When a child has cancer, there is so much to do…diagnostic tests, starting treatment, learning for the child and their family. And then it’s time to go back to school. With any luck, and some good planning, many kids can be back in school in just a few weeks. It’s my favorite thing to do; to go and visit the school of a child newly diagnosed with cancer.
Sometimes it’s a small classroom of kindergarteners, or maybe a “pod” of middle school teens, and it might even be grades 1-12 in a smaller rural school. Here we get to enter “their world” and see these kids through the eyes of their peers, parents, teachers and others who love them. Why is it so important to be there right away? By being present in the classroom, we get to help share their story, answer questions, calms their fears, and quiet the rumors. No one wants to be forgotten.
A typical visit with a nurse and a child life specialist starts with the question – “can you tell me what has happened to your friend…?” And then “can you tell me what you think cancer is??”
No – cancer is not a germ, no you cannot catch it….and no one, not your friend or his family did anything wrong to let cancer happen, it just did. We call it bad luck; and then, to share the brave story of their friend undergoing diagnostic tests, surgeries, and the plan for treatment. “What is chemotherapy” we ask – and the answers are as many as there are kids brave enough to raise their hands. We share about central lines using a teaching doll for demonstration, and discuss activity limitations for low counts. We talk about good hand washing to prevent the spread of germs, and in a way helping them all stay healthier. We share how cancer has touched most of our families in one way or another.
And the harder questions – that are so important to raise, ”was anyone worried that your friend might be so sick he was going to die?” and many brave kids slowly reach a hand high. “ Well,” we say, “we cannot make promises – but most kids who have cancer survive. We can tell you that we have a plan to make his cancer go away.” This is the turning point — turning this from not only information, but an action plan, to keep this child’s education going, to make sure he is ready for the next grade next year; to give the child, his family, and his school family hope. We want them to be planning for their future as survivors. Most children with cancer do survive and it is our goal to not only have survivors, but healthy well educated, well-behaved and well-developed survivors.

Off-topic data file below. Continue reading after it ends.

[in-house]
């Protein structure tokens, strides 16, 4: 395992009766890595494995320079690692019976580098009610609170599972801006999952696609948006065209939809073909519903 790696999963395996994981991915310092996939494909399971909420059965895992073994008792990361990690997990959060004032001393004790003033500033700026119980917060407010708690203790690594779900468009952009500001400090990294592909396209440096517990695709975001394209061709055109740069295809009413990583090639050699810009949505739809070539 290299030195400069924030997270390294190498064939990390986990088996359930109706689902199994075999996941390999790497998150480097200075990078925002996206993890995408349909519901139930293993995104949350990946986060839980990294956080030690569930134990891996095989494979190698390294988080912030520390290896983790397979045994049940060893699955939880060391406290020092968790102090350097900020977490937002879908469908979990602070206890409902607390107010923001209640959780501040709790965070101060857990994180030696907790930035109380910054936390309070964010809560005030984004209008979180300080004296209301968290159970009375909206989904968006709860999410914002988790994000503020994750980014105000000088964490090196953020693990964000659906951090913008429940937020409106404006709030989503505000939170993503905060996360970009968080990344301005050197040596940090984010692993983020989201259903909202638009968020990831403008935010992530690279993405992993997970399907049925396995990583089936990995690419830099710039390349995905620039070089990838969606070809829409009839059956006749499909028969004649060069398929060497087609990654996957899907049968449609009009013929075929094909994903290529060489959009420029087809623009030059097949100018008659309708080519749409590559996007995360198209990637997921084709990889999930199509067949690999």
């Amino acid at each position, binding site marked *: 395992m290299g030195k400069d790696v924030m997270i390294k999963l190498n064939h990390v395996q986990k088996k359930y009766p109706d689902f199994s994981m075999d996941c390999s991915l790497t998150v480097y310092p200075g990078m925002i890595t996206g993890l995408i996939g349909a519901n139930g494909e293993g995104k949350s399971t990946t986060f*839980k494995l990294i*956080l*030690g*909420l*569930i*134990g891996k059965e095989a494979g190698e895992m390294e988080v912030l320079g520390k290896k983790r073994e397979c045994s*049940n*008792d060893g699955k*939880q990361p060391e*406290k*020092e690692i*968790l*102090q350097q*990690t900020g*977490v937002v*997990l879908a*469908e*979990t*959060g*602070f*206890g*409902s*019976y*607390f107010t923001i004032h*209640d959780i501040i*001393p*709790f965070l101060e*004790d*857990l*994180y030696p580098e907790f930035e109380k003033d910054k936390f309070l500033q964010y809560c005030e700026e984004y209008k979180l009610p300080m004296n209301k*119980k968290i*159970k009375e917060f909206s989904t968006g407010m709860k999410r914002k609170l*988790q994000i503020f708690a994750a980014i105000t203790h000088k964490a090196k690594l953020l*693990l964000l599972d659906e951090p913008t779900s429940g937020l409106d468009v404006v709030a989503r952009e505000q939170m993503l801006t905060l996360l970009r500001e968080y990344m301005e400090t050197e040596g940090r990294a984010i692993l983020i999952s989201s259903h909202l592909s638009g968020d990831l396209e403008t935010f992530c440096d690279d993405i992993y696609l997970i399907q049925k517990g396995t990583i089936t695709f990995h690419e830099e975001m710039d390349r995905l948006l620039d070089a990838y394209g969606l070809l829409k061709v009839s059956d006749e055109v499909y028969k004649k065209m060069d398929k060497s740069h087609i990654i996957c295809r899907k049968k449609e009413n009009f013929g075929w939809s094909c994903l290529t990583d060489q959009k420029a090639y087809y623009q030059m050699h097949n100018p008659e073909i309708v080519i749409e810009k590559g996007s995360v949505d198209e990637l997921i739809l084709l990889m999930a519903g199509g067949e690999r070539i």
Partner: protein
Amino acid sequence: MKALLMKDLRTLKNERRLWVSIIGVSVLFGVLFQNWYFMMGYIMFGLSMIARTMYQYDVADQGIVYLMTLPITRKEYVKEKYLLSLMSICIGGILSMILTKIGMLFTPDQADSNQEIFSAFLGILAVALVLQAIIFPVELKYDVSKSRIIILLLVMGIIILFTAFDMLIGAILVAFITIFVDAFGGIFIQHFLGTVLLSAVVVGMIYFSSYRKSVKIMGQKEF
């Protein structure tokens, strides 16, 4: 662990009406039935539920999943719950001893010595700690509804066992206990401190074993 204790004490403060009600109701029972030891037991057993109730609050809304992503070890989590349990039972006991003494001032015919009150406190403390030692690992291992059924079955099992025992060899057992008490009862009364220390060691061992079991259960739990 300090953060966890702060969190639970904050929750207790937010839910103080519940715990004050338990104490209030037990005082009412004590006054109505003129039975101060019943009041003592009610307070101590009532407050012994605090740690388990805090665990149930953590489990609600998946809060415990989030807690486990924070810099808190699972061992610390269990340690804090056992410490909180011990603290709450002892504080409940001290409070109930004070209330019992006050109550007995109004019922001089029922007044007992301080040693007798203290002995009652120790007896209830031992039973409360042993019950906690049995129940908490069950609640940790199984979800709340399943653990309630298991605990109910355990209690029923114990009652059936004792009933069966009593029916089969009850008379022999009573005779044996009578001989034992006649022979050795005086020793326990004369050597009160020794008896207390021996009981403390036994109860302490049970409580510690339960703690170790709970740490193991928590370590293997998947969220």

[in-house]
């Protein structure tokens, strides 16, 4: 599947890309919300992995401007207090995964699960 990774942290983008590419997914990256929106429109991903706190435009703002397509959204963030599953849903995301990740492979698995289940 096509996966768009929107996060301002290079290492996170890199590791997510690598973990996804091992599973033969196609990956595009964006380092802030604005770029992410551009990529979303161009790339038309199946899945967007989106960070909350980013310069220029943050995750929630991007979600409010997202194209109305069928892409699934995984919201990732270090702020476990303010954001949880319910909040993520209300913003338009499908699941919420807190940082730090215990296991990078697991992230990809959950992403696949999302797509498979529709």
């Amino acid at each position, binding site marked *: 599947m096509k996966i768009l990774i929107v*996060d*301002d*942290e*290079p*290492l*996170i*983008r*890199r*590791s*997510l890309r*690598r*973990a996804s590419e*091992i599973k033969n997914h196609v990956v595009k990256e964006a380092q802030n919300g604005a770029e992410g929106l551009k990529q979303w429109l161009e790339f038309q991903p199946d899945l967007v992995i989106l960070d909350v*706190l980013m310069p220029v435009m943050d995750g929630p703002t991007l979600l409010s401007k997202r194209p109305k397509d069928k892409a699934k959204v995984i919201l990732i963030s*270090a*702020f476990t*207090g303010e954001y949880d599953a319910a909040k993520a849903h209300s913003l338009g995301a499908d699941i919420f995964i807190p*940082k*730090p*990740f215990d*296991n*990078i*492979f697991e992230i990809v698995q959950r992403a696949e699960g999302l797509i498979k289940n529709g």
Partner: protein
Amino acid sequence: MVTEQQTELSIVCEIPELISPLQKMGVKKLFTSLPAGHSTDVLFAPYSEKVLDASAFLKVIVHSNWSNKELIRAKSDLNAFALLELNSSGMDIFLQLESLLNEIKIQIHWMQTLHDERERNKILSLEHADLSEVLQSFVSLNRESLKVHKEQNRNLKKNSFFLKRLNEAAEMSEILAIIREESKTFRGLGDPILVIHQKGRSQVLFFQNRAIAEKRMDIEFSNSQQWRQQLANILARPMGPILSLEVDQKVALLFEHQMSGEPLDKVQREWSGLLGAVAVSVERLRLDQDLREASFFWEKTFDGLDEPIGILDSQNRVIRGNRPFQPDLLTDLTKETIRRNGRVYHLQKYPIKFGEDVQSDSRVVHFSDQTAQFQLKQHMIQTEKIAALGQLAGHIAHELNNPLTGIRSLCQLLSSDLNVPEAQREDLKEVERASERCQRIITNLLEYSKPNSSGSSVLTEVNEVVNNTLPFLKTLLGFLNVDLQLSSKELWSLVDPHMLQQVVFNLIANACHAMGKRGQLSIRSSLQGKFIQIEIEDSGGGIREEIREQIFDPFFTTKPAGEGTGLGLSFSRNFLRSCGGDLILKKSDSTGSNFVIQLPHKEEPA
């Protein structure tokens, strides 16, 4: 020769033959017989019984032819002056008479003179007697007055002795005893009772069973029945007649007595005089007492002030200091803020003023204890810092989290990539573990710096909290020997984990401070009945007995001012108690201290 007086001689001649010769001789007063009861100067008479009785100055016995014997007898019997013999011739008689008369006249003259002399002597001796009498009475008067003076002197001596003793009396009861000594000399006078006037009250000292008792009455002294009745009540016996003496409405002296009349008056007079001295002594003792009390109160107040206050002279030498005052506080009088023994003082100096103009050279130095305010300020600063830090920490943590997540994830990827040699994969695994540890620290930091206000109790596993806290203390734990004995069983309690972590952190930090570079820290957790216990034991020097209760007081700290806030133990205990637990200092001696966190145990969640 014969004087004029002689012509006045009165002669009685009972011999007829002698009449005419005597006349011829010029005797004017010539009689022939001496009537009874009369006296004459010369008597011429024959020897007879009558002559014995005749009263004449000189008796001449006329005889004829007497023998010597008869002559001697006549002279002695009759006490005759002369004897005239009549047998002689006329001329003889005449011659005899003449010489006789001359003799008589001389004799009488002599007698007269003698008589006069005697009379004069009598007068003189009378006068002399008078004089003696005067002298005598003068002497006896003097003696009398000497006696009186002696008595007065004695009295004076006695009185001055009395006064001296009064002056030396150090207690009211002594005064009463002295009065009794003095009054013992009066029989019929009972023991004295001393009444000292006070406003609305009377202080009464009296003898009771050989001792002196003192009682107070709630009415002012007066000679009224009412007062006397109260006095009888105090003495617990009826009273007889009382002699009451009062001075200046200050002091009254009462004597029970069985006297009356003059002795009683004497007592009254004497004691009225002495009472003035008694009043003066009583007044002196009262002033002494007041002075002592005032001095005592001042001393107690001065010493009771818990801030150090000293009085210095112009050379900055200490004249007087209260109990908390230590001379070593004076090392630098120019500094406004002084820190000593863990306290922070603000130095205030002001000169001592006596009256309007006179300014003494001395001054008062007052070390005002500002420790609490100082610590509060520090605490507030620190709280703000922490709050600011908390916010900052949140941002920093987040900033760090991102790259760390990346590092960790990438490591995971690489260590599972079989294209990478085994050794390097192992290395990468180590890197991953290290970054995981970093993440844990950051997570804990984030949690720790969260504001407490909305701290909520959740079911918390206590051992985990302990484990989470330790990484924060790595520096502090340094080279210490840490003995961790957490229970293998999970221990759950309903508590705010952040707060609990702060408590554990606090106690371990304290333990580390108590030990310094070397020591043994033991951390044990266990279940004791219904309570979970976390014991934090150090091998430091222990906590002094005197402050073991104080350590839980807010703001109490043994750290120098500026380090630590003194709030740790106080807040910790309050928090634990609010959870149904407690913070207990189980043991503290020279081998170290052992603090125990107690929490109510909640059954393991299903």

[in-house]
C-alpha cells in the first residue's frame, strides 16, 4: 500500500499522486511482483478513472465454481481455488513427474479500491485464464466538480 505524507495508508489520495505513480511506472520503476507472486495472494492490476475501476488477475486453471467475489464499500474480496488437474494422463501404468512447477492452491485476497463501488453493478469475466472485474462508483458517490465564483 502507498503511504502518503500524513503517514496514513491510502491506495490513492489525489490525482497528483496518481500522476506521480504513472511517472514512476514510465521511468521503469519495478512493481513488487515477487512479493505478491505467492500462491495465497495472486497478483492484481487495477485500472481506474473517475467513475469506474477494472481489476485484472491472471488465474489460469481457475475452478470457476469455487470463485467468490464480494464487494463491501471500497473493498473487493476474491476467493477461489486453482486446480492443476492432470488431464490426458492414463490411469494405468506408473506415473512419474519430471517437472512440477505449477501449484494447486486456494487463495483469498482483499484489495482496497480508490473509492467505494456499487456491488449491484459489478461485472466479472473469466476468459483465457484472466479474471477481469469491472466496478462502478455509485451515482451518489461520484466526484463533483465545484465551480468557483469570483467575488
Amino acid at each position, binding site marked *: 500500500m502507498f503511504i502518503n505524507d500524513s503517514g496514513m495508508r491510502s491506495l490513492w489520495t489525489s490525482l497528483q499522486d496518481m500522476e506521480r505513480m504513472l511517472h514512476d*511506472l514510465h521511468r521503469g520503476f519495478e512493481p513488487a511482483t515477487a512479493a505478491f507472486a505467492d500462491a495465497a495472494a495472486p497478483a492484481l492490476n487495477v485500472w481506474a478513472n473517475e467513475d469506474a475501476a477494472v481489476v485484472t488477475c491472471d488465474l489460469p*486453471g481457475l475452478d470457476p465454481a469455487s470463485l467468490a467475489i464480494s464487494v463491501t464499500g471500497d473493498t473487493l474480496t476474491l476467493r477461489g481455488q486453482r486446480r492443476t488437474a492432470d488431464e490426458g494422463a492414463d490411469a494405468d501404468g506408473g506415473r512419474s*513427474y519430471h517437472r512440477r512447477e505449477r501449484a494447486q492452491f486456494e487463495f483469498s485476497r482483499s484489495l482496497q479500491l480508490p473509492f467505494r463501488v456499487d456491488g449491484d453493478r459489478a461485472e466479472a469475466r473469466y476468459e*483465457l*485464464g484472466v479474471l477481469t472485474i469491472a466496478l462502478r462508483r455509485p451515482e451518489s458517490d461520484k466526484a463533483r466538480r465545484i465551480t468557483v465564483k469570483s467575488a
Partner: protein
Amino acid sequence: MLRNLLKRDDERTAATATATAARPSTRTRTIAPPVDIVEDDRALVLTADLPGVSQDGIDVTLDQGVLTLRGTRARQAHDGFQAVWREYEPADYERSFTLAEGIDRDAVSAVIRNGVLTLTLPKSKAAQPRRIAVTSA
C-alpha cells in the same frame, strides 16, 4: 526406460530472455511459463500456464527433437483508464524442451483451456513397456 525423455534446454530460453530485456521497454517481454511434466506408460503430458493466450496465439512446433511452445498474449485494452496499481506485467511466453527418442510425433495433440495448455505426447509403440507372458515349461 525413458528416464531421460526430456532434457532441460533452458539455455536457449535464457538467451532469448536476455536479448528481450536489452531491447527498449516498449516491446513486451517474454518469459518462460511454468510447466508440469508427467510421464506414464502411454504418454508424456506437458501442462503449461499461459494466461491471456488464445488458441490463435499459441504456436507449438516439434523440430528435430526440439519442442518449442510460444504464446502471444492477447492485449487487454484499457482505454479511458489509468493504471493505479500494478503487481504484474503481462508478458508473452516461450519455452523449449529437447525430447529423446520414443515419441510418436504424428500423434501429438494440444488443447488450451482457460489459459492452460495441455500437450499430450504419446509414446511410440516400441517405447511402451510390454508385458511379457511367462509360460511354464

After all, the business and “job” of childhood and adolescence is learning, growing, and developing and that is best done in the classroom. Yes there are ways the school will be asked to change or modify curriculum: a child with cancer may miss 100 days or more of school in the first year of treatment. Childhood cancer treatment can last from weeks to years and many lessons will be missed. But the learning can continue.
The child in school can continue to have connections to peers, to physical activity, to family and friends to help not only with their learning, but their self-esteem and keep their development on track. Meeting at the school allows the healthcare team to connect with teachers, counselors and school nurses as well so that questions are answered and the transition back to school can be safe and comfortable for all of them.
It’s the best part of my job seeing a scared, sometimes bald, sometimes frail child, back in their world. Amongst friends who will be their advocates, their supporters and most of all their friends for a very long time. A glimpse into the lives of kids you don’t get to see in the clinic or hospital; a glimpse of who they really are and hope to be.